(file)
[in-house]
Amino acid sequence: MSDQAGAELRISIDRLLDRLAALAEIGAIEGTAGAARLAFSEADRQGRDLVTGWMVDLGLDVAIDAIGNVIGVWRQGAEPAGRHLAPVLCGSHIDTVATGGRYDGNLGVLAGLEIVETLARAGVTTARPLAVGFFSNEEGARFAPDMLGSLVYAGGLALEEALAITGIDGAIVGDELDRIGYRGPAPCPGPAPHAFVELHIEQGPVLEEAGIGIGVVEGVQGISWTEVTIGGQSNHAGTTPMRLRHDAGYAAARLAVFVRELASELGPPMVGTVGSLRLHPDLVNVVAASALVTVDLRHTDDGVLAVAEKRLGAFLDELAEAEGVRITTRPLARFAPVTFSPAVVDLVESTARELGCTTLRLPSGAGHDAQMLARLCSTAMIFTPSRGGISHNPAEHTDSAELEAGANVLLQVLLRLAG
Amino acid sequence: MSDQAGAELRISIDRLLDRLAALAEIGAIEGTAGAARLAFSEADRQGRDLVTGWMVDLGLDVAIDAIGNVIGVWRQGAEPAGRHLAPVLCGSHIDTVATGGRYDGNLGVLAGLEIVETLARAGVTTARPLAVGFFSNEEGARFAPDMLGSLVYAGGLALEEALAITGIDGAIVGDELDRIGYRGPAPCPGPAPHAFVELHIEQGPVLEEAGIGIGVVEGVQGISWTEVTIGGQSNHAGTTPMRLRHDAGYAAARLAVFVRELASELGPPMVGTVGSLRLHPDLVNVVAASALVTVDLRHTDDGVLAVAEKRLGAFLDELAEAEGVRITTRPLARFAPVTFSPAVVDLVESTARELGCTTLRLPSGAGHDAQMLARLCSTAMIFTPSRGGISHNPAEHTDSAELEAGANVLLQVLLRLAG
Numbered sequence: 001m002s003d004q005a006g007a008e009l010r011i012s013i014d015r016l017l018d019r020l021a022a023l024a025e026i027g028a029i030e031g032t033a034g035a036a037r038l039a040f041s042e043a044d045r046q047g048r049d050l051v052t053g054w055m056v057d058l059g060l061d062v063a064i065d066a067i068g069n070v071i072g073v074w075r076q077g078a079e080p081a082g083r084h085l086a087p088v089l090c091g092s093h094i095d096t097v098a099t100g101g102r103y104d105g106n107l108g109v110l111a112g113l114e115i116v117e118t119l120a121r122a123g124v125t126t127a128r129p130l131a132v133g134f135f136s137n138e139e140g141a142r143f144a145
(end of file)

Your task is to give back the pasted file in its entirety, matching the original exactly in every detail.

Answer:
[in-house]
Amino acid sequence: MSDQAGAELRISIDRLLDRLAALAEIGAIEGTAGAARLAFSEADRQGRDLVTGWMVDLGLDVAIDAIGNVIGVWRQGAEPAGRHLAPVLCGSHIDTVATGGRYDGNLGVLAGLEIVETLARAGVTTARPLAVGFFSNEEGARFAPDMLGSLVYAGGLALEEALAITGIDGAIVGDELDRIGYRGPAPCPGPAPHAFVELHIEQGPVLEEAGIGIGVVEGVQGISWTEVTIGGQSNHAGTTPMRLRHDAGYAAARLAVFVRELASELGPPMVGTVGSLRLHPDLVNVVAASALVTVDLRHTDDGVLAVAEKRLGAFLDELAEAEGVRITTRPLARFAPVTFSPAVVDLVESTARELGCTTLRLPSGAGHDAQMLARLCSTAMIFTPSRGGISHNPAEHTDSAELEAGANVLLQVLLRLAG
Amino acid sequence: MSDQAGAELRISIDRLLDRLAALAEIGAIEGTAGAARLAFSEADRQGRDLVTGWMVDLGLDVAIDAIGNVIGVWRQGAEPAGRHLAPVLCGSHIDTVATGGRYDGNLGVLAGLEIVETLARAGVTTARPLAVGFFSNEEGARFAPDMLGSLVYAGGLALEEALAITGIDGAIVGDELDRIGYRGPAPCPGPAPHAFVELHIEQGPVLEEAGIGIGVVEGVQGISWTEVTIGGQSNHAGTTPMRLRHDAGYAAARLAVFVRELASELGPPMVGTVGSLRLHPDLVNVVAASALVTVDLRHTDDGVLAVAEKRLGAFLDELAEAEGVRITTRPLARFAPVTFSPAVVDLVESTARELGCTTLRLPSGAGHDAQMLARLCSTAMIFTPSRGGISHNPAEHTDSAELEAGANVLLQVLLRLAG
Numbered sequence: 001m002s003d004q005a006g007a008e009l010r011i012s013i014d015r016l017l018d019r020l021a022a023l024a025e026i027g028a029i030e031g032t033a034g035a036a037r038l039a040f041s042e043a044d045r046q047g048r049d050l051v052t053g054w055m056v057d058l059g060l061d062v063a064i065d066a067i068g069n070v071i072g073v074w075r076q077g078a079e080p081a082g083r084h085l086a087p088v089l090c091g092s093h094i095d096t097v098a099t100g101g102r103y104d105g106n107l108g109v110l111a112g113l114e115i116v117e118t119l120a121r122a123g124v125t126t127a128r129p130l131a132v133g134f135f136s137n138e139e140g141a142r143f144a145